- One of our engineers will provide feedback on your design. Occasionally, you will be asked to contribute an RFC, too, in which case you should follow the regular RFC process before you start implementing the solution.
- When everyone is happy, you can get started coding and follow the normal code review workflow.
Here’s a great example of a contributor building support for outer joins in partnership with our engineering team.
These projects involve fundamental changes to the way CockroachDB works. What’s important to remember here is that supporting external development of these projects will take a non-trivial amount of time from the Cockroach team that would otherwise be spent building the product, so we really need to make sure it’s worth it. In practice, we’ve found even strong developers have little success with these types of projects and, in most cases, it is faster for our team to build these features ourselves.
That being said, if you’re up for the challenge there are a few prerequisites. You should:
- Convince the CockroachDB team of your ability to drive a larger project. For this, you can either work with the CockroachDB team on mid-sized projects first, or provide some other evidence that you are an expert at building high quality distributed systems.
Note:The engineering team may not support further exploration if they think the project is too complex for an external contributor or if we already have a schedule for this work and you cannot guarantee delivery on that schedule.
- Make a high-level proposal for your project, declaring your intention, the area of functionality, and how much time (and, if applicable, people) you have available to work on the project. You should do this via a GitHub issue.
- Engineers and product managers will review your plans to understand how it fits into our roadmap from a technical and business point of view. This will inform how much support we will be able to provide.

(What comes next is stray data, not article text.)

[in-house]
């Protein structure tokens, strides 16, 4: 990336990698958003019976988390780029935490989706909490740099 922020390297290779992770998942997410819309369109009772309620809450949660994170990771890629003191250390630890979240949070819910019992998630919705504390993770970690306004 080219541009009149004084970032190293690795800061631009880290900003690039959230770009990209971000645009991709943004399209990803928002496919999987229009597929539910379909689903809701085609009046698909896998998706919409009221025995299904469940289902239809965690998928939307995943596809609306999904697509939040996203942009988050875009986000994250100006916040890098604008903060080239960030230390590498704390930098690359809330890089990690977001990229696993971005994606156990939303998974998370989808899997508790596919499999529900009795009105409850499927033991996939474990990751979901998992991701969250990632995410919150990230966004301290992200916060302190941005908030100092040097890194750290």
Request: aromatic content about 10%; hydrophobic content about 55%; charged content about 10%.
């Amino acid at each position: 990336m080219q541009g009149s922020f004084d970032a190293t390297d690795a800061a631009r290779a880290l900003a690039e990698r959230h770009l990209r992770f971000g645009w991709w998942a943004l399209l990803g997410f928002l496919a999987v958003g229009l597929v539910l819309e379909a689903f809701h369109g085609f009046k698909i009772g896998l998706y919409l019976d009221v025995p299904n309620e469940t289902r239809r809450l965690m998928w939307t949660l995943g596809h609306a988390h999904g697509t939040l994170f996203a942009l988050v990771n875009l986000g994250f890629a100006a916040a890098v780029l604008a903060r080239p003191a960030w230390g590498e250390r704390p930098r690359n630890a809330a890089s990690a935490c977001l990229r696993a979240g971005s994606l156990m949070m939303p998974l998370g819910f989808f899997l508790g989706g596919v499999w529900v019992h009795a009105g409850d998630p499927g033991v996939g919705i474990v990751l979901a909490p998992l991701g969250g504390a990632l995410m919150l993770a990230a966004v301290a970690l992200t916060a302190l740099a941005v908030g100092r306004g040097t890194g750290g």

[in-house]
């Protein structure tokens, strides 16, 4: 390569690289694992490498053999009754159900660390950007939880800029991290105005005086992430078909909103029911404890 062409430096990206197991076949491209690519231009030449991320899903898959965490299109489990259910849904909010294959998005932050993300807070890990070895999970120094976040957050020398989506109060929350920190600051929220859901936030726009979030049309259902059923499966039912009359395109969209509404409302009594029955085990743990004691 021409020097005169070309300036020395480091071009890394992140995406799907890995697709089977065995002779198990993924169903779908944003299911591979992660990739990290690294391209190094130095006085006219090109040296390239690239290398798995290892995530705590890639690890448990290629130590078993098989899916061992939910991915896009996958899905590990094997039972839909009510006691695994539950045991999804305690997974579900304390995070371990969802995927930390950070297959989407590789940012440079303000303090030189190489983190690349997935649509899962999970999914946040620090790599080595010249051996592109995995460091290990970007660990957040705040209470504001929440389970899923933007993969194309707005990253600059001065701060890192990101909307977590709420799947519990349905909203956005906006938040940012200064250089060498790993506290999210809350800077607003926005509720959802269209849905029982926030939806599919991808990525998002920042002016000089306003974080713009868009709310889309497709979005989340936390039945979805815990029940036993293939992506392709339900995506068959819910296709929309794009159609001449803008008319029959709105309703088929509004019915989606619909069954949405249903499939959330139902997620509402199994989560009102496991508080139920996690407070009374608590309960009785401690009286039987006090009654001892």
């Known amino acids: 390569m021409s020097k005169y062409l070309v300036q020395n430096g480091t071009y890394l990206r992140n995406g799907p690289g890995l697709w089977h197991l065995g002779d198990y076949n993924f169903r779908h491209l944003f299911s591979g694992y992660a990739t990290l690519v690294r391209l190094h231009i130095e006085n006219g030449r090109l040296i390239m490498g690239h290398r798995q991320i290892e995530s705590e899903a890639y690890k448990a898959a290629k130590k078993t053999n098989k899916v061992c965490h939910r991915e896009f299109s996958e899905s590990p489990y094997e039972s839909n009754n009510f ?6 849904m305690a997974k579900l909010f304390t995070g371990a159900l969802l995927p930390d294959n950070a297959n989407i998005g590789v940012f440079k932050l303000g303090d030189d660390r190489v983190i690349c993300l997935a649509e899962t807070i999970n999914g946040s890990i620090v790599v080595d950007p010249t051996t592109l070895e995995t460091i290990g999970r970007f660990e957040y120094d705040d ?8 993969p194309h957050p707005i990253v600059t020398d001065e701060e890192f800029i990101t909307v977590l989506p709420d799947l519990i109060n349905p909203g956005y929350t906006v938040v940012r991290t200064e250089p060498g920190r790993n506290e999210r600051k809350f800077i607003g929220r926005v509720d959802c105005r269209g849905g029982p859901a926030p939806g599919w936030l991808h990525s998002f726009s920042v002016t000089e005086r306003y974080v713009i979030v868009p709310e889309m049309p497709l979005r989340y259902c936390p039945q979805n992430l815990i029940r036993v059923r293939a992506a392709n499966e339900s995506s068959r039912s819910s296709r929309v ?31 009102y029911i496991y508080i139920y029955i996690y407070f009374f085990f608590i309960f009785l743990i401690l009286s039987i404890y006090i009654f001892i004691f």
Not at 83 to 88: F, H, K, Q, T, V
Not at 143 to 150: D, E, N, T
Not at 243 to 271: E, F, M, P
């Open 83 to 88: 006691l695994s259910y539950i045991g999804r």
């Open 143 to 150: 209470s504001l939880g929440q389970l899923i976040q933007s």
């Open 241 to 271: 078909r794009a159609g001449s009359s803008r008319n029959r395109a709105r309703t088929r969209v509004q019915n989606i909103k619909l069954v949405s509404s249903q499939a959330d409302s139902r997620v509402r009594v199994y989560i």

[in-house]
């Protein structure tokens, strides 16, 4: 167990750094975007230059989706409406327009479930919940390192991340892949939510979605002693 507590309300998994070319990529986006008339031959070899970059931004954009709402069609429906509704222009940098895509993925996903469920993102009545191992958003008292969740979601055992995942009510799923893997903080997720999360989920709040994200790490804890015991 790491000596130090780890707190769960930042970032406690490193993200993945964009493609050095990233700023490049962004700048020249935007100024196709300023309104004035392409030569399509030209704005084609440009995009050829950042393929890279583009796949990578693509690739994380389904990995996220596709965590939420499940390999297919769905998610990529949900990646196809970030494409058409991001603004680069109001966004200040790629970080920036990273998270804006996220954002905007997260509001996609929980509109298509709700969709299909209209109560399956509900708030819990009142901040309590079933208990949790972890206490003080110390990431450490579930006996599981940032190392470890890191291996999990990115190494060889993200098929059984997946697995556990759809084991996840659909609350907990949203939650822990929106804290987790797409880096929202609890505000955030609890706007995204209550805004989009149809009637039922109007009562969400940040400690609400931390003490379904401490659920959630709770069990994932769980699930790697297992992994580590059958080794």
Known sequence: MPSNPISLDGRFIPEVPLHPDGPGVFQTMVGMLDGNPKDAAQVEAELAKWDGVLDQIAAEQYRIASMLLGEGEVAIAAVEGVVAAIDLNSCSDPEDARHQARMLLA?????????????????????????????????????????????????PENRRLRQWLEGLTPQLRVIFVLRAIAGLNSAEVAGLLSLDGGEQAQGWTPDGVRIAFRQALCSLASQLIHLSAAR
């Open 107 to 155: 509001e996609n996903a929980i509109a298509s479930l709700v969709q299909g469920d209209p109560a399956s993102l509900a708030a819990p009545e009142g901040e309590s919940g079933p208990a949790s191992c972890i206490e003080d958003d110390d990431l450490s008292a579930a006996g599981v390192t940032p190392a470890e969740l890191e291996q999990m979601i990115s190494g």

Note:This review may take a few days to a few weeks, depending on our team’s availability and the complexity of the project.
- Submit an RFC.
- Engineers will review your RFC and discuss the detailed design from a technical perspective. This will further inform how much support we will be able to provide.
- Once everyone is on the same page in terms of the design and impact, you can begin implementation with our support.
Note:The CockroachDB team may have to pull a project back in house if development is happening too slowly or your team goes radio silent.
- Avoid submitting an RFC for a complex project before approaching the CockroachDB first with a high-level description. The risk is that you spend a lot of effort on writing a RFC and the CockroachDB team then decides the project doesn't fit on the roadmap.
- If you fork the CockroachDB repository and start working on a complex project in your fork without following the process above, chances are extremely slim that your functionality will eventually be merged in the main CockroachDB distribution. The reason for this is that we will not agree to merge any code changes that have not been validated step by step (i.e., commit by commit) in accordance with our quality standards, and we are not yet able to validate these quality standards on external repositories.
In situations where we will not be able to support your team through an implementation, we will do our best to communicate why we are making that decision.